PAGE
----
We experienced the physician using a short test on my husband and saying it was a simple case of short term memory loss caused by anxiety over a job loss. I believed that it was the other way around, that the memory and thinking gaps caused the job loss. I began to document my observations and we returned to the doctor with two pages of examples over a two week period along with a request for further testing. The testing was done by a neurologist and a psychologist who recognized the memory loss and cognitive impairment as likely to be Alzheimer's and started medication. They referred him to the Mayo clinic in Rochester, MN where the Alzheimer's diagnosis was concurred by a doctor specializing in the disease. The medication seems to have slowed the progress of the memory loss and the diagnosis puts us in a better position to plan for the future.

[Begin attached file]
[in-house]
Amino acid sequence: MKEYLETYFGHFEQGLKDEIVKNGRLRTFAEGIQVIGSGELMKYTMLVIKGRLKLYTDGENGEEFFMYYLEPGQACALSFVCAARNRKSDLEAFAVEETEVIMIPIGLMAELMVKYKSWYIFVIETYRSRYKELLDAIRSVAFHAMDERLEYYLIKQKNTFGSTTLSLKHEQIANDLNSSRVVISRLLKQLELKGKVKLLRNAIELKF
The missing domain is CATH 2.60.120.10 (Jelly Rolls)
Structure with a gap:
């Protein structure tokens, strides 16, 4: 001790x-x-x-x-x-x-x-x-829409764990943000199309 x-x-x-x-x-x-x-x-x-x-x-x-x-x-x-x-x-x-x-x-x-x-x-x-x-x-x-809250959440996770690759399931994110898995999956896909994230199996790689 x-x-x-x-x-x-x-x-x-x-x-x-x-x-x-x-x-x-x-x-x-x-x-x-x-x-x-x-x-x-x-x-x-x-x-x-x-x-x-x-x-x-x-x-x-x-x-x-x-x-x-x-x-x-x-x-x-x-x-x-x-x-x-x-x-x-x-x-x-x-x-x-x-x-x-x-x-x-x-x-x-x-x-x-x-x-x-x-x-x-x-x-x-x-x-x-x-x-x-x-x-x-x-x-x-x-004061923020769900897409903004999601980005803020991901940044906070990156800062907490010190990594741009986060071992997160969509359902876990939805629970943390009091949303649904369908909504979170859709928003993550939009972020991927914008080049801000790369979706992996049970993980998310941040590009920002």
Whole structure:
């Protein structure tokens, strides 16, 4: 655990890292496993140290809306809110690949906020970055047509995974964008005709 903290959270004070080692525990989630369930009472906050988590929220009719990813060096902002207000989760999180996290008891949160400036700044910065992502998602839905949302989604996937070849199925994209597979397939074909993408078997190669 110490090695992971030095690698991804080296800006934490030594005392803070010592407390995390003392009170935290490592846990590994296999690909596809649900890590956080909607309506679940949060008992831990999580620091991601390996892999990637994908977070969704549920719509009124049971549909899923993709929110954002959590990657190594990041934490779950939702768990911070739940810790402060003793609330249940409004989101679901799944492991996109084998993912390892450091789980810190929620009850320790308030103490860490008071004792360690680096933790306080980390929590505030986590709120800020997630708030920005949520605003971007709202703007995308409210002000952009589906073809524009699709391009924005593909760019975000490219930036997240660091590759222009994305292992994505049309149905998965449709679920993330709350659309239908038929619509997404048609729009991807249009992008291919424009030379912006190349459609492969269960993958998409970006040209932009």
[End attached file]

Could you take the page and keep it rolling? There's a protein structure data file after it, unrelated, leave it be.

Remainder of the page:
Good luck in your efforts and God bless you and yours.

Texlas answered...

By all means try for at least a second opinion. If your mom is cooperative, get to a neurologist as soon as possible. My mothers "doctor" thought she was malnourished and needed vitamins. She did not even catch on, when Mom would come for her b-12 shot, sit in the waiting room for a few minutes and then leave without seeing the doc or getting a shot. She would tell Dad(waiting in the car) that she was done. I found this out from the receptionist, NOT the doctor. By the time I was able to get a neurology appt. and MRI, there was significant brain damage. At least with a neurologist, you can find out if it is indeed something else, besides alzheimers, that might be treatable. If not then you will have time to plan where and how you will get care for your mom, when it becomes necessary.